There's an old adage about not putting all your eggs in one basket. For those whose only experience with eggs comes on a plate or in the supermarket, let's change it to "Don't pin all your marketing hopes on a single format." If you want to sell your books, you have to start by figuring out who is in your potential audience. And then you have to find them. You may have already noticed that there are not very many teenagers in bookstores these days. And we've recently been told that college students now find plain e-books boring. But only about 19% of all adult readers actually own a device that lets them read electronic editions of books. We live in a rapidly changing society, and we have to keep up with the latest preferences, but we can't afford to ignore any segment of the reading public.
It can also be confusing to listen to the pundits talk about the latest trends. On one website, we're told that print books are dead, and e-books are the only viable publishing option. Another says that print books are alive and well, while e-books are a passing fancy. Who do you believe? Well, both, actually. Let's start by looking at the figures.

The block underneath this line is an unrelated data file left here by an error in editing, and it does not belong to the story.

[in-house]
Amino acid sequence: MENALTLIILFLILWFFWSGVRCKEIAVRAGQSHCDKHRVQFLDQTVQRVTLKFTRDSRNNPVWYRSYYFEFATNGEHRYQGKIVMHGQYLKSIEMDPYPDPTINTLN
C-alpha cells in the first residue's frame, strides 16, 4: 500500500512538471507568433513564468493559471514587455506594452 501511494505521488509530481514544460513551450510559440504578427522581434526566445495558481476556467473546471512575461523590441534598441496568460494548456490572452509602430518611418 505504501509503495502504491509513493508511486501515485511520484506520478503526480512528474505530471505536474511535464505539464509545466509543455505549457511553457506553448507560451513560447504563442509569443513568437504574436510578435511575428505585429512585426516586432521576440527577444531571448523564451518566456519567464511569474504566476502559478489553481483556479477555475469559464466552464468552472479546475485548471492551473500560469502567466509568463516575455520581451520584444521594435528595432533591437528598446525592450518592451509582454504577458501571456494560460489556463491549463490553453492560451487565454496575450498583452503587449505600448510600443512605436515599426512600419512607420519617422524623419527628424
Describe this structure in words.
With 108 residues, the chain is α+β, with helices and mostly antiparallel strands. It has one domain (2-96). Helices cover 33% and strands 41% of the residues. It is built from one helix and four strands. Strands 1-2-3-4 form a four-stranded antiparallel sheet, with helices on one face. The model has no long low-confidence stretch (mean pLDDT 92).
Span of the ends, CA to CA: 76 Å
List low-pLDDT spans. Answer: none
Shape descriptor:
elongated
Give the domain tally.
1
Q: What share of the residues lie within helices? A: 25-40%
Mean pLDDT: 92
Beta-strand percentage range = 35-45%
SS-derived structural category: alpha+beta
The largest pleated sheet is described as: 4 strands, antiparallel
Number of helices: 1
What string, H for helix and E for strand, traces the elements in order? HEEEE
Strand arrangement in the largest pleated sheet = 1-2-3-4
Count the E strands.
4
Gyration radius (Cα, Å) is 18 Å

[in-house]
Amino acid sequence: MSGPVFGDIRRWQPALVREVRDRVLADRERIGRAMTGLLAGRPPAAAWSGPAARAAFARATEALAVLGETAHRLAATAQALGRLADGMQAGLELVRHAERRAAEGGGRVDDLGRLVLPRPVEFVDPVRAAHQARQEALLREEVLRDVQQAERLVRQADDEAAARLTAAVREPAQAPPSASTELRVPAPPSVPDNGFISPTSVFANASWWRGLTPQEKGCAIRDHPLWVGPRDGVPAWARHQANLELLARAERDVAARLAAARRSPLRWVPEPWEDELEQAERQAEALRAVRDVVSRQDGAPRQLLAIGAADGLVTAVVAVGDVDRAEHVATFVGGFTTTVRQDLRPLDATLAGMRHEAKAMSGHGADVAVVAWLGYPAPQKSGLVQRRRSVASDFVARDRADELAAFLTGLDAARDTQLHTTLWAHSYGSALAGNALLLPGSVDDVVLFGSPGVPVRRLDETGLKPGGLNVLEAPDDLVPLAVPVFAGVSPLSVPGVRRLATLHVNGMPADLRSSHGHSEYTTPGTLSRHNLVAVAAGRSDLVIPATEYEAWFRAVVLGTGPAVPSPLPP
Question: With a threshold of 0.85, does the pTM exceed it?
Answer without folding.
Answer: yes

In the pie chart, the red segment represents the revenue earned by print books in 2011. Blue represents e-books, and green is for audio books. Conclusion: e-books only yield 15% of the total dollars spent on books. Are you willing to rely solely on Kindle for your income, or would you like a chunk of the other 85%?
Now look at the line graph on the right. The yellow line represents the number of copies sold in print books in the past 15 years. The orange line is for the number of e-books sold. Obviously, e-books are now outselling print books if you just count copies. The lines crossed in 2011. So the answer to the debate between print and Kindle depends on what you want to count.
For me, there are two lessons to be learned here:
Tip #4.1: Books of all kinds are more popular than ever, so keep writing. There's a hungry audience out there.
Tip #4.2: Don't limit yourself to one format. By all means, do use Kindle, but back it up with print copies.